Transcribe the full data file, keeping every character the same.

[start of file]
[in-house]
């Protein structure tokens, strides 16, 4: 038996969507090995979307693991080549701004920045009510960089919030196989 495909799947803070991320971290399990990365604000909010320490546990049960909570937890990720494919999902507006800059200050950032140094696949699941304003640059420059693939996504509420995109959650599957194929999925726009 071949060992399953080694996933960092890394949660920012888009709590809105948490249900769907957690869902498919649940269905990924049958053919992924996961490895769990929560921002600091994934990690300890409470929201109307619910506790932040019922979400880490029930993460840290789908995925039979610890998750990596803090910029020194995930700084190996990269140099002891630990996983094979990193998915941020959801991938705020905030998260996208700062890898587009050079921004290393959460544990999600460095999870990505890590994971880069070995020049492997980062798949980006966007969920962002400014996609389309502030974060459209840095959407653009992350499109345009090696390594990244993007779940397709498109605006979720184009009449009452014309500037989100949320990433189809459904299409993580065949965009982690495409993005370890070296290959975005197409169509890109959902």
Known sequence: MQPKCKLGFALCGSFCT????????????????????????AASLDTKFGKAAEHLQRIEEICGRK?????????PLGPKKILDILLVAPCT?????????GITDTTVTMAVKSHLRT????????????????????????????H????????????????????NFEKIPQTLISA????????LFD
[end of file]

[in-house]
């Protein structure tokens, strides 16, 4: 038996969507090995979307693991080549701004920045009510960089919030196989 495909799947803070991320971290399990990365604000909010320490546990049960909570937890990720494919999902507006800059200050950032140094696949699941304003640059420059693939996504509420995109959650599957194929999925726009 071949060992399953080694996933960092890394949660920012888009709590809105948490249900769907957690869902498919649940269905990924049958053919992924996961490895769990929560921002600091994934990690300890409470929201109307619910506790932040019922979400880490029930993460840290789908995925039979610890998750990596803090910029020194995930700084190996990269140099002891630990996983094979990193998915941020959801991938705020905030998260996208700062890898587009050079921004290393959460544990999600460095999870990505890590994971880069070995020049492997980062798949980006966007969920962002400014996609389309502030974060459209840095959407653009992350499109345009090696390594990244993007779940397709498109605006979720184009009449009452014309500037989100949320990433189809459904299409993580065949965009982690495409993005370890070296290959975005197409169509890109959902």
Known sequence: MQPKCKLGFALCGSFCT????????????????????????AASLDTKFGKAAEHLQRIEEICGRK?????????PLGPKKILDILLVAPCT?????????GITDTTVTMAVKSHLRT????????????????????????????H????????????????????NFEKIPQTLISA????????LFD